Milky sky. Something’s warming
the air. Call it
Scars and red buds shimmer
and shiver. Call it
a parity in the trees.
A warm spot on the wrist
where milk dribbles. A warm spot
on the shoulder where Baby burps.
Father burps and empties
another Bud. What’s he doing
home? Winter lingers
north of White River.
Squalls off the Green
Mountains bury the snowbells,
the green, tow headed tulips.
The breast goes dry. The pump suctions
nothing. The milk’s Formula. Father says
it’s a deep refusal in her body.
Mother says something’s changing
inside the light. Washed out,
she dreams of a seacoast’s summery
haze. Flat stomach. Flatter
ing remarks. Absently,
she shakes the pink rattle.
Father slips pjs blue baseball ones
over Baby’s head. Spring training’s
a winnowing, a weaning. Someone breaks
an ankle. Someone strikes
out. Someone steals home.
Father cheers the cable sports,
the little men on the screen
Baby’s eyes see as unresolved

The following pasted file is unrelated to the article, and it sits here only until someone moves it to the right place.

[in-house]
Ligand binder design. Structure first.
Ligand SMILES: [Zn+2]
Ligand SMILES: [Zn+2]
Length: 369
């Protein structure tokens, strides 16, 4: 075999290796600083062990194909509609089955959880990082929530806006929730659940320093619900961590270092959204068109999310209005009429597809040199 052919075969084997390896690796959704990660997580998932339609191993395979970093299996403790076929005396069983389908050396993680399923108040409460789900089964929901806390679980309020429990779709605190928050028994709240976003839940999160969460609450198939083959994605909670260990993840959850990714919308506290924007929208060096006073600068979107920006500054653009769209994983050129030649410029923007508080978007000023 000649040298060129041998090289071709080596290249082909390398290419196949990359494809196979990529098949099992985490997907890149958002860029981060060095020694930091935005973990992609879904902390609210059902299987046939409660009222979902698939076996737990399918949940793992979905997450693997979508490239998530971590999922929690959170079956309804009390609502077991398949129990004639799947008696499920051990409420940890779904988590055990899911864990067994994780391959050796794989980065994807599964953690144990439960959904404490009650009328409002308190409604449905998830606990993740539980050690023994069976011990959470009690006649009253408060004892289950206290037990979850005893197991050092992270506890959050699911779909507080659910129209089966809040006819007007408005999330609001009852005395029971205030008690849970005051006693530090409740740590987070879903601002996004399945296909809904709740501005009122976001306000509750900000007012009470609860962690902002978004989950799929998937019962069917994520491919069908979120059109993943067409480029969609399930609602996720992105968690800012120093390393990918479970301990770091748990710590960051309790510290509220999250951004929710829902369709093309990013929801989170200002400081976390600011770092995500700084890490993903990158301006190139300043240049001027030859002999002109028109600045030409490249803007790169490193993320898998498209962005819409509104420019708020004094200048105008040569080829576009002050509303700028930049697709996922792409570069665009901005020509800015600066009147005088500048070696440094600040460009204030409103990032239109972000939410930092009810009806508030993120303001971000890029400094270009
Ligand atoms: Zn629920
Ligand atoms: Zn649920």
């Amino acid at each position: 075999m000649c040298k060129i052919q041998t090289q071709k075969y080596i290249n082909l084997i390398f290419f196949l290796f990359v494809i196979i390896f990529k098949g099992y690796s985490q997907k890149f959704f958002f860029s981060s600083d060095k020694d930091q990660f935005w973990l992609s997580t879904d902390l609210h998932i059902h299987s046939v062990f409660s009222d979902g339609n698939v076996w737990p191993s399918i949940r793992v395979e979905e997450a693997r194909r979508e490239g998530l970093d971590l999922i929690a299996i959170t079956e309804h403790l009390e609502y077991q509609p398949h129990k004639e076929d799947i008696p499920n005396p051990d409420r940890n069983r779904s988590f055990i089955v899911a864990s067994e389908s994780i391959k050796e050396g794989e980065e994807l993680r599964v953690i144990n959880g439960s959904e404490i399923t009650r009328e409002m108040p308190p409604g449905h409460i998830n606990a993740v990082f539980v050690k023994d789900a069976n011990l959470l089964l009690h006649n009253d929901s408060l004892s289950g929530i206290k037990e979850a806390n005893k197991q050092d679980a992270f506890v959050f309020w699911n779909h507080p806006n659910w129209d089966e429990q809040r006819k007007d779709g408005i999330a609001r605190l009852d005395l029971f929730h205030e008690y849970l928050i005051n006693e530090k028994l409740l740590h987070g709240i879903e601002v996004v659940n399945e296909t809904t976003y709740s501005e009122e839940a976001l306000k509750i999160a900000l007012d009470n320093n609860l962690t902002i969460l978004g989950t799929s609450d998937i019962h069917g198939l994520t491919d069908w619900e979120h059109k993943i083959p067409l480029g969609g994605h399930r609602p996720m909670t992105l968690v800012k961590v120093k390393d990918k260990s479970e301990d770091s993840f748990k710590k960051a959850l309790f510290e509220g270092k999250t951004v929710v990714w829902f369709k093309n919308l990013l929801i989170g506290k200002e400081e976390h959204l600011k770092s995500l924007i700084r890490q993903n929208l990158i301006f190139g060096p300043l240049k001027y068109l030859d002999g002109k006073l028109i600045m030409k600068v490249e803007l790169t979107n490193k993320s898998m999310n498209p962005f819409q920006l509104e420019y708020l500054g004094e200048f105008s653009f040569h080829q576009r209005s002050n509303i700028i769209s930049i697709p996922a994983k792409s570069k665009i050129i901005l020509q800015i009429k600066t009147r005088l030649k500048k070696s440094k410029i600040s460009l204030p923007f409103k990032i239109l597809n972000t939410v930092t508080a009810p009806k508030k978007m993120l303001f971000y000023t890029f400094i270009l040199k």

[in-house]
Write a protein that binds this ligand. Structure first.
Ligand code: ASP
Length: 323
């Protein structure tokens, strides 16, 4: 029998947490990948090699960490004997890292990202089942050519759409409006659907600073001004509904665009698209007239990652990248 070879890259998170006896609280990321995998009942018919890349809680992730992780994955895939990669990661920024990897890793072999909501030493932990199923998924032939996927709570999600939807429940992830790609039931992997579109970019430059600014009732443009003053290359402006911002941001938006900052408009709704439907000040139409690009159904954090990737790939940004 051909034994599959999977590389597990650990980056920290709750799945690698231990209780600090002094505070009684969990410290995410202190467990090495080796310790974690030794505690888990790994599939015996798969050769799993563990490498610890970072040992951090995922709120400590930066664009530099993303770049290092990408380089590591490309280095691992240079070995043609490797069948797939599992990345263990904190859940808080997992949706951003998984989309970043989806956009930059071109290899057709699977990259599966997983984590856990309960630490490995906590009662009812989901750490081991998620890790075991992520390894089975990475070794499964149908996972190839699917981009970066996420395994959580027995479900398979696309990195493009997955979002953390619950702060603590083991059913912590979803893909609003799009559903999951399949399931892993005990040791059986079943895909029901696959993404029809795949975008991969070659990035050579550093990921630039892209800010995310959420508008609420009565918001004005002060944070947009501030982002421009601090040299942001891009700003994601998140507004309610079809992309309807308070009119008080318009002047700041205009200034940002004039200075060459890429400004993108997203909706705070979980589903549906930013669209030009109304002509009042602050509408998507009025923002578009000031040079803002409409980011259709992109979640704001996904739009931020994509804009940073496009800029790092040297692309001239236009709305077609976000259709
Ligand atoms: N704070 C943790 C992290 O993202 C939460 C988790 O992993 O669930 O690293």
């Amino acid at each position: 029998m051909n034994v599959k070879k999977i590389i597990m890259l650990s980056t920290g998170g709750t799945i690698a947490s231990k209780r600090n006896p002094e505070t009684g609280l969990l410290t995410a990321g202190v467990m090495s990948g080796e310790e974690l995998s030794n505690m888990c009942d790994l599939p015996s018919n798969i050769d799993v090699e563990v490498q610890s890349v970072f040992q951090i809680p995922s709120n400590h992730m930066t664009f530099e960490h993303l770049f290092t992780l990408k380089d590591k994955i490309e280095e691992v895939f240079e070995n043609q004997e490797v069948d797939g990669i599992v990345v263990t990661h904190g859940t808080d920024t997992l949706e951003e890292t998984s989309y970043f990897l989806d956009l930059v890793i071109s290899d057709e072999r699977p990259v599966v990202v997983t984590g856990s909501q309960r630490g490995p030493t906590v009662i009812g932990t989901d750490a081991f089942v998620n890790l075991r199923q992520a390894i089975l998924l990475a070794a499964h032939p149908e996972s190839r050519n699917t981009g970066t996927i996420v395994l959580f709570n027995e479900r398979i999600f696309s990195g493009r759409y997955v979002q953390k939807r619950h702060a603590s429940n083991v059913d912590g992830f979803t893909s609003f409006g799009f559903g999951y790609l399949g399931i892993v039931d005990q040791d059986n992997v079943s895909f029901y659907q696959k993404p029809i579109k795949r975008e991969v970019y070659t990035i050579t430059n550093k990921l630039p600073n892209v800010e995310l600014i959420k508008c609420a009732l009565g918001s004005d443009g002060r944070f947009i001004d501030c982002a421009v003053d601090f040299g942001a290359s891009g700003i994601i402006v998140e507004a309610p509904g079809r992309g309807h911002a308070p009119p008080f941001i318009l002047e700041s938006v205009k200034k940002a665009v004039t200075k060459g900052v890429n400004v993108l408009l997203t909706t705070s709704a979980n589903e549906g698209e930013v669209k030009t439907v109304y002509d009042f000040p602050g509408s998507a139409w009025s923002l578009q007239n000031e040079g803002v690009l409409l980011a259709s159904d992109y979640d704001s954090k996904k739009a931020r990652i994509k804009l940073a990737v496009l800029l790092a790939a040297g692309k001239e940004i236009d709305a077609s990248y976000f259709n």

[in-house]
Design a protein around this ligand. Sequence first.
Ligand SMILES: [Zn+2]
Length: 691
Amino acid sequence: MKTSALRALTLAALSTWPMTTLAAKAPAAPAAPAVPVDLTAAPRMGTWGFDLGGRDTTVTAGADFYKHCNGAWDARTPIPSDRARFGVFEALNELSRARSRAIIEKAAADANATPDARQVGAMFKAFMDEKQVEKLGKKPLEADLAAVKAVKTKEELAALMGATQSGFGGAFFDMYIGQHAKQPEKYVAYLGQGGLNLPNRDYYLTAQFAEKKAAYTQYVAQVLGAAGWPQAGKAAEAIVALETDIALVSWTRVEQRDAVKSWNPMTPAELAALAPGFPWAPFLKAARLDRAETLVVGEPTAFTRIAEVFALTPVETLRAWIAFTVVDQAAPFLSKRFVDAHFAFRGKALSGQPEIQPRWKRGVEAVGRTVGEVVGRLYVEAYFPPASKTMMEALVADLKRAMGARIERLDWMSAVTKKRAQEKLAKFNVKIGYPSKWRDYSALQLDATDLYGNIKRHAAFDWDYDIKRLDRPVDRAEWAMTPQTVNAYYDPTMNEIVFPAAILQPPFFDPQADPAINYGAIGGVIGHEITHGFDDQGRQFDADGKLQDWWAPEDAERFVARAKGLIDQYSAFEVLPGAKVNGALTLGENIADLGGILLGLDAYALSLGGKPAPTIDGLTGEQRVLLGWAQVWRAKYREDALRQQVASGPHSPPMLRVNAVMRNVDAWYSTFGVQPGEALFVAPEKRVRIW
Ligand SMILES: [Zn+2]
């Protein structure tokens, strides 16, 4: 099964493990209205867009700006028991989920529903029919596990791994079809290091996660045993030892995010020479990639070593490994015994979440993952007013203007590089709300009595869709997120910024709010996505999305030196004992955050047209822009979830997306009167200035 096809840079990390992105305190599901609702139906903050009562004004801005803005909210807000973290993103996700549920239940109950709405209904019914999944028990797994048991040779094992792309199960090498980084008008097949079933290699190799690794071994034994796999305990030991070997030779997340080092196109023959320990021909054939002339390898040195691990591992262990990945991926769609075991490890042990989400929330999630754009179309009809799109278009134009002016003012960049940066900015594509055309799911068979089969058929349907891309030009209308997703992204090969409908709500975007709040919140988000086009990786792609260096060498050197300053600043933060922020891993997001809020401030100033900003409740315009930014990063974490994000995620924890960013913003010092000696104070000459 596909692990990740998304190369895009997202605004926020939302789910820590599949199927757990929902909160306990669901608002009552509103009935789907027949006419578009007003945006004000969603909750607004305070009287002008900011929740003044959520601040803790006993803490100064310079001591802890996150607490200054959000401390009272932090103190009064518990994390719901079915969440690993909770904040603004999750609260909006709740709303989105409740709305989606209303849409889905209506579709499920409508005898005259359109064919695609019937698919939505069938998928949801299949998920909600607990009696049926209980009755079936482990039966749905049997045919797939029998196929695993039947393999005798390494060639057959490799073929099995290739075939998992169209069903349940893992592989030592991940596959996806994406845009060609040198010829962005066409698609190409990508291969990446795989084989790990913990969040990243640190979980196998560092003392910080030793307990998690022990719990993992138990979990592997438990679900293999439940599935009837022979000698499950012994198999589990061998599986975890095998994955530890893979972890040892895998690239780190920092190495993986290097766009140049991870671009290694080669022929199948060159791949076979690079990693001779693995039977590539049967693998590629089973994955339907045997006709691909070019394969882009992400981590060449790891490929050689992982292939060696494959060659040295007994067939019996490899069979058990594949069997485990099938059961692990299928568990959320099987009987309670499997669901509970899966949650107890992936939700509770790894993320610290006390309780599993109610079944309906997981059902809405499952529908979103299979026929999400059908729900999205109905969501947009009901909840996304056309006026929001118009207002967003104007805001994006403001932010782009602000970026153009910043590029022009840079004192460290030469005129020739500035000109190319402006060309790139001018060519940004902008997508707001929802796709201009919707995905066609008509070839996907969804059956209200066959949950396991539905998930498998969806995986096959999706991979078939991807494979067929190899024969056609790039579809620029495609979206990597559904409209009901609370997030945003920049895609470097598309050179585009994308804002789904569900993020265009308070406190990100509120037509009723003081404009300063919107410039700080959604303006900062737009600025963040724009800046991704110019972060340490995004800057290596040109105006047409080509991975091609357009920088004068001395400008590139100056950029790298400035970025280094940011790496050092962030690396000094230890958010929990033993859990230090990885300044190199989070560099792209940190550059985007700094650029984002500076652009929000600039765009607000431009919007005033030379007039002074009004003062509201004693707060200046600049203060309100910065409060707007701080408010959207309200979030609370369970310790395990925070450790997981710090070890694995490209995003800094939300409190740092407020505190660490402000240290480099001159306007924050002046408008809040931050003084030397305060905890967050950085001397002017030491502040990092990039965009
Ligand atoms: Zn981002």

pink and blue. Father eyes
the rattle heavy as a dumbbell
for Baby. Will he ever
pick it up? Or the naugahyde
glove nearby. And not far off,
a Little Leaguer’s wrist
snaps as he slides into second.
Father’s running onto the diamond
to sweep up in his arms
his son. Father sees it, sees it,
as clearly as the homers
off the fungo bat.
Already Baby’s his Father’s son.
Mother shakes the rattle, tosses it
into the toybox. Outside the pink
buds have iced and stiffened.
Neil Shepard has published three books of poetry: Scavenging the Country for a Heartbeat (First Book Award, Mid-List Press, 1993); I’m Here Because I Lost My Way (Mid-List, 1998); and This Far from the Source (Mid-List, 2006). His poems appear in literary magazines such as Boulevard, Harvard Review, New England Review, North American Review, Ploughshares, Paris Review, Shenandoah, Southern Review, and Triquarterly, as well as online at Poetry Daily and Verse Daily. He founded the Writers Program at the Vermont Studio Center and directed it for eight years. He now teaches in the low-residency MFA Writing Program at Wilkes University (PA), and he is the long-time editor of Green Mountains Review.